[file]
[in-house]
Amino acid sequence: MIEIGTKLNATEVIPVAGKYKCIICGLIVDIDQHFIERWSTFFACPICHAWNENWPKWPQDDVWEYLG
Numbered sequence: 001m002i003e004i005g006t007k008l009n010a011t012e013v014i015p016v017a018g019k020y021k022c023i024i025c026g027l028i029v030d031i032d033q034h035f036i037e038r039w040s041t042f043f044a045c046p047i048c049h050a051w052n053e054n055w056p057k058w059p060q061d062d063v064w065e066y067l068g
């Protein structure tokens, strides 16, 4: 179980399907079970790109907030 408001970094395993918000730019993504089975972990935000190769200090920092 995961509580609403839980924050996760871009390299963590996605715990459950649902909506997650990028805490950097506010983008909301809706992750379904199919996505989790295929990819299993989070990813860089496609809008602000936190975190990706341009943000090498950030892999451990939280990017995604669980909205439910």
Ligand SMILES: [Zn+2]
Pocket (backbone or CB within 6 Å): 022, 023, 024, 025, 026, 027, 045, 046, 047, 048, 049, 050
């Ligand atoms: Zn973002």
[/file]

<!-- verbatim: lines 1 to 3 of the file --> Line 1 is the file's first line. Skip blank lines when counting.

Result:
[in-house]
Amino acid sequence: MIEIGTKLNATEVIPVAGKYKCIICGLIVDIDQHFIERWSTFFACPICHAWNENWPKWPQDDVWEYLG
Numbered sequence: 001m002i003e004i005g006t007k008l009n010a011t012e013v014i015p016v017a018g019k020y021k022c023i024i025c026g027l028i029v030d031i032d033q034h035f036i037e038r039w040s041t042f043f044a045c046p047i048c049h050a051w052n053e054n055w056p057k058w059p060q061d062d063v064w065e066y067l068g